Seabury-Western Theological Seminary
|This article is outdated. (April 2011)|
Seabury-Western Theological Seminary is a seminary of The Episcopal Church, located in Evanston, Illinois. It was formed in 1933 by a merger of Western Theological Seminary of Evanston (founded in 1883 in Chicago), and Seabury Divinity School of Faribault, Minnesota (founded in 1858). The new seminary endeavored to hold in tension the "High Church" and "Low Church" identities of its predecessors. However, for most of its history, SWTS occupied a place within Anglican churchmanship akin to that of The General Theological Seminary in New York: a liturgical bent toward Anglo-Catholic practices and an acceptance of modern theology and social tolerance.
As of the fall of 2008 the seminary stopped accepting seminarians for the traditional Master of Divinity degree. In 2009 Seabury's property was acquired by Northwestern University with Seabury allowed use of the property for five years. In January 2012 Seabury formally left the Evanston site, functionally ending its presence as residential seminary, and the various buildings are now used by the Northwestern University, moving its remaining offices to the national headquarters of the Evangelical Lutheran Church in America (ELCA) near O'Hare Airport. In March 2012, the Boards of Seabury-Western and of Bexley Hall Seminary in Bexley, Ohio, voted to federate.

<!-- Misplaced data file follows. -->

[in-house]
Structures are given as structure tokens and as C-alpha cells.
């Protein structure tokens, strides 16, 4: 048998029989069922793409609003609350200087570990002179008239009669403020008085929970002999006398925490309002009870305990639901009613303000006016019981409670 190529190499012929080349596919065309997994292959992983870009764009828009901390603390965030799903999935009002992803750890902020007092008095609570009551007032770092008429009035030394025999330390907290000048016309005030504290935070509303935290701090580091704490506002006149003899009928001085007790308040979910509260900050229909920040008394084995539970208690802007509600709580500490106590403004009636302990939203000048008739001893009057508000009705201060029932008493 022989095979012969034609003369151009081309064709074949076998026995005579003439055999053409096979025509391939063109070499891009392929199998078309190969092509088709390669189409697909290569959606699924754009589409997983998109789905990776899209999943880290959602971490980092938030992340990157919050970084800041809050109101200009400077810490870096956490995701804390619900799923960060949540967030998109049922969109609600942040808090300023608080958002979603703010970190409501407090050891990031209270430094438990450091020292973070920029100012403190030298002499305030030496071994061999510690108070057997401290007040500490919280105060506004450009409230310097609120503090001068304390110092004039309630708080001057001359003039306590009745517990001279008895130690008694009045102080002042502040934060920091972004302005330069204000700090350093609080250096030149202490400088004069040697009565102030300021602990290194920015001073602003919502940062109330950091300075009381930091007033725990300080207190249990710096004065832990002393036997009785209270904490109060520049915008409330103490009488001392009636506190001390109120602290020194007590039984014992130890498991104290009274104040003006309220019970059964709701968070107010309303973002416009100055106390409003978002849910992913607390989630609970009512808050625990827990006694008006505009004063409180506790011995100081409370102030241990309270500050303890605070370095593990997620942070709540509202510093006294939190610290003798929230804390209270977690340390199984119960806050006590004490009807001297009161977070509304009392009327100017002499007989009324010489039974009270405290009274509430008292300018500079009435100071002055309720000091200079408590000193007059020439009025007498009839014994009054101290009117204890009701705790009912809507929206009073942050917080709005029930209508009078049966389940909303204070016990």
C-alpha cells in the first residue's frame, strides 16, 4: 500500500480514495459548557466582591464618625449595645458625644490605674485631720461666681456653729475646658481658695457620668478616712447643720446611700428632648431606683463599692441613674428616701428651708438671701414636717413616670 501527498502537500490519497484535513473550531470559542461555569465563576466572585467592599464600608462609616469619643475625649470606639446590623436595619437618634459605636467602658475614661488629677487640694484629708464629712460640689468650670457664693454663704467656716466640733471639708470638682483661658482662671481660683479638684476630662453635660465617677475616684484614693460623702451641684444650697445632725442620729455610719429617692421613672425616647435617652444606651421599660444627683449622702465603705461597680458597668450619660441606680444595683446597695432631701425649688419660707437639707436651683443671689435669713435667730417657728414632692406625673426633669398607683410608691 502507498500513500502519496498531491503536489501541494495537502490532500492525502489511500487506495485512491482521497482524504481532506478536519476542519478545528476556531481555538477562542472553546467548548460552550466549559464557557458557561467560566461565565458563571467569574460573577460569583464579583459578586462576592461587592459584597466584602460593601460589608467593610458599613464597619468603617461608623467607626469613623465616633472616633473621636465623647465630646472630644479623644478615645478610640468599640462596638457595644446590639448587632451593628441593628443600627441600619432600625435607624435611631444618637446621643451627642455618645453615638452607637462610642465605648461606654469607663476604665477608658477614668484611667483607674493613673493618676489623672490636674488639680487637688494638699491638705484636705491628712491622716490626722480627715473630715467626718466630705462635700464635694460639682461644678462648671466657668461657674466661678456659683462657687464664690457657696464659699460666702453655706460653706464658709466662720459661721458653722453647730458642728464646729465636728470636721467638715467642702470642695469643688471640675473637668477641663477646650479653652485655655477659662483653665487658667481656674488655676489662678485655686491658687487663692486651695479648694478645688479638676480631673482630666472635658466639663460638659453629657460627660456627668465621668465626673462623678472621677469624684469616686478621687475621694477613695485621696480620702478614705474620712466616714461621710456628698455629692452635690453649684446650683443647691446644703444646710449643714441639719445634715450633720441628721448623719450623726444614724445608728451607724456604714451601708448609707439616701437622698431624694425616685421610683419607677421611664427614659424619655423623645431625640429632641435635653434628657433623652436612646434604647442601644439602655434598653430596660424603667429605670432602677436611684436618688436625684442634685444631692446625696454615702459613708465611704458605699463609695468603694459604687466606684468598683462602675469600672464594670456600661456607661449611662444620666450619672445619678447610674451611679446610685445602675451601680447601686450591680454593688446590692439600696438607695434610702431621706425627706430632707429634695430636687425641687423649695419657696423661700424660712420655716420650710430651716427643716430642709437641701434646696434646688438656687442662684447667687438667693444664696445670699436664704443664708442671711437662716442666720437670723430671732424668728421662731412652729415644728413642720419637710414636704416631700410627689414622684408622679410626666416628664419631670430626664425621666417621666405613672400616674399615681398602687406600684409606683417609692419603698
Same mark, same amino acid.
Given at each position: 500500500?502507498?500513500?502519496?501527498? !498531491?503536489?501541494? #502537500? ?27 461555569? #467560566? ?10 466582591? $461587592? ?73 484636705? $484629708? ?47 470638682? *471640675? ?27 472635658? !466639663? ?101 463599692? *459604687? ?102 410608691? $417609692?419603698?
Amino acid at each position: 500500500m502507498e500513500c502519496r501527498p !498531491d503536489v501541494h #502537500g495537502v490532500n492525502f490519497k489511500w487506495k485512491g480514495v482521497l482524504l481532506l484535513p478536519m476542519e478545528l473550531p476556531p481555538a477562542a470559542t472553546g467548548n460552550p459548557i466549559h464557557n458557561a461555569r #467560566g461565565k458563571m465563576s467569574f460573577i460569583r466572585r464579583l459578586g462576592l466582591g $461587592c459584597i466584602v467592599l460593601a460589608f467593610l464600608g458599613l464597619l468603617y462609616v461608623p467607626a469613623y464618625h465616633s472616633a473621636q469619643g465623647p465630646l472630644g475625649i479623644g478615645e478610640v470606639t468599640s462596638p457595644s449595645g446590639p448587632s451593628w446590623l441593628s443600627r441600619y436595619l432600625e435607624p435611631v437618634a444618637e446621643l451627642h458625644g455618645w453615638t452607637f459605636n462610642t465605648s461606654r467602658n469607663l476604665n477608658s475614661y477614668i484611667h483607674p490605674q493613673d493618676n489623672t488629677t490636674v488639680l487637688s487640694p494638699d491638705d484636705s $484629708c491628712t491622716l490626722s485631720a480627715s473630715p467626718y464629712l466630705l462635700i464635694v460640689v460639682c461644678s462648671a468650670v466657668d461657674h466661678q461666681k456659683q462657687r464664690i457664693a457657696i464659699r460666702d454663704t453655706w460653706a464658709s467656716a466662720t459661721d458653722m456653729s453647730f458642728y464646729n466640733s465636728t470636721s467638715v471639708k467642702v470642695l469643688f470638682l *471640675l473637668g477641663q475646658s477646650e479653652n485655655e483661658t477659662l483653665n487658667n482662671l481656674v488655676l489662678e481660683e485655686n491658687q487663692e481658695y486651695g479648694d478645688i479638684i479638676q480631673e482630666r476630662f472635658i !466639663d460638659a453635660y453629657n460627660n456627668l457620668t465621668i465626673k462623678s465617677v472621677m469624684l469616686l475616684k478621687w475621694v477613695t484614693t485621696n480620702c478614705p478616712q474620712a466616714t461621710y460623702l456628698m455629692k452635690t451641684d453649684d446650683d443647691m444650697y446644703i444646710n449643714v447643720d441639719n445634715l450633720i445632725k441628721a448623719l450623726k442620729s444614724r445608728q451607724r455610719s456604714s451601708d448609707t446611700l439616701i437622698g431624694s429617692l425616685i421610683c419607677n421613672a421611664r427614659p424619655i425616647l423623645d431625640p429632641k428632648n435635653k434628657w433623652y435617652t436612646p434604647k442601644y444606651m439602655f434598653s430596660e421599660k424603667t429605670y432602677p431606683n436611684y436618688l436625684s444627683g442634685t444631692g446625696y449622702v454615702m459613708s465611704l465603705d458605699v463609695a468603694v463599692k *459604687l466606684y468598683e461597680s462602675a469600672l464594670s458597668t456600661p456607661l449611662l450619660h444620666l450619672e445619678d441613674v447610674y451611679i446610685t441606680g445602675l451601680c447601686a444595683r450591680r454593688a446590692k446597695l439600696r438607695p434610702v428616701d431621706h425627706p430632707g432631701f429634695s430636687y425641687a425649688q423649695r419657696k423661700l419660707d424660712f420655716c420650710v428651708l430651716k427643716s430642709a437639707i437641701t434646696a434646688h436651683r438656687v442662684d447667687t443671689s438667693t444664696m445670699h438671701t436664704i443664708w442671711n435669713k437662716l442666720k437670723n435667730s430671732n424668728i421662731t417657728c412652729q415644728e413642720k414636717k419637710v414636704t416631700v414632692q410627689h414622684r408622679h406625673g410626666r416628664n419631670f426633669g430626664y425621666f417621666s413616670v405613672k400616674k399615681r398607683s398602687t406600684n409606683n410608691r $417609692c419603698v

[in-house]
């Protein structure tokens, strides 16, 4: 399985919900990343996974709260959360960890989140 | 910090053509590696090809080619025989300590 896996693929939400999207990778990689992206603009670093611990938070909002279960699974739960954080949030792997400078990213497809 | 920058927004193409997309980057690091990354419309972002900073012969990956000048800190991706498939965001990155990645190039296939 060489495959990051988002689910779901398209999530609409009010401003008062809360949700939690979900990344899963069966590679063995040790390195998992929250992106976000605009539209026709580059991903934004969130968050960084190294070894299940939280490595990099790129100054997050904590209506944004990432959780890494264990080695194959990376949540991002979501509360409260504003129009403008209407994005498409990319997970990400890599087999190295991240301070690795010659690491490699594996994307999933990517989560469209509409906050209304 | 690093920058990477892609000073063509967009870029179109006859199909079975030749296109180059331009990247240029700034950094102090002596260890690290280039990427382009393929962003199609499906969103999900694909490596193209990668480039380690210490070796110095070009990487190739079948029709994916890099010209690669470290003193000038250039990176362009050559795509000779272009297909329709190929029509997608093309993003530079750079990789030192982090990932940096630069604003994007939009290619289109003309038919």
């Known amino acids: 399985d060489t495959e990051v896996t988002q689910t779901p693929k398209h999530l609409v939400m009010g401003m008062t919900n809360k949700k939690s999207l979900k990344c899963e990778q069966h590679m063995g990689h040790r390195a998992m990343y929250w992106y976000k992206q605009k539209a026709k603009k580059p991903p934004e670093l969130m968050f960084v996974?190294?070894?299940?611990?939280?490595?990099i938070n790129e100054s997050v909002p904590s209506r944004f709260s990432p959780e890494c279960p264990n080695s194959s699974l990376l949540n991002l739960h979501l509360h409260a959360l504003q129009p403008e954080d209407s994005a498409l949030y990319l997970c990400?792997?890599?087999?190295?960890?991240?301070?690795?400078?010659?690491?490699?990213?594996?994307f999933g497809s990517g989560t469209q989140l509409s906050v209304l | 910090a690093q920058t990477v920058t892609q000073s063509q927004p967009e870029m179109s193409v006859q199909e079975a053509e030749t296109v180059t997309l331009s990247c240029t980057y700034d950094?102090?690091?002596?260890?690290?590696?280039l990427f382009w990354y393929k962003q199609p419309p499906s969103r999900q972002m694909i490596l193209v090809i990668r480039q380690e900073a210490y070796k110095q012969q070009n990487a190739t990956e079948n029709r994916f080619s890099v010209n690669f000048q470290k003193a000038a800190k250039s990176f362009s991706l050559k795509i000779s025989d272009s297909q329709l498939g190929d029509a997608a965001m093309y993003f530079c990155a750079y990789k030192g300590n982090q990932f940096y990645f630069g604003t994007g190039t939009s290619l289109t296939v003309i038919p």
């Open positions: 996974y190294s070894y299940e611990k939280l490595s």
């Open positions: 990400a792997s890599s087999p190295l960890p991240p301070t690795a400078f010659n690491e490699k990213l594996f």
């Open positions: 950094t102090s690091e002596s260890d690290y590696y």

- A. K. M. Adam (b. 1957), professor
- James Lloyd Breck (1818–1876), founder of the school
- Mark S. Sisk (b. 1942), president and dean, 1984–1998
- Richard Thieme (b. 1944), alumnus
- "Roger Ferlo to Lead Federation of Seabury and Bexley". Retrieved 27 December 2012.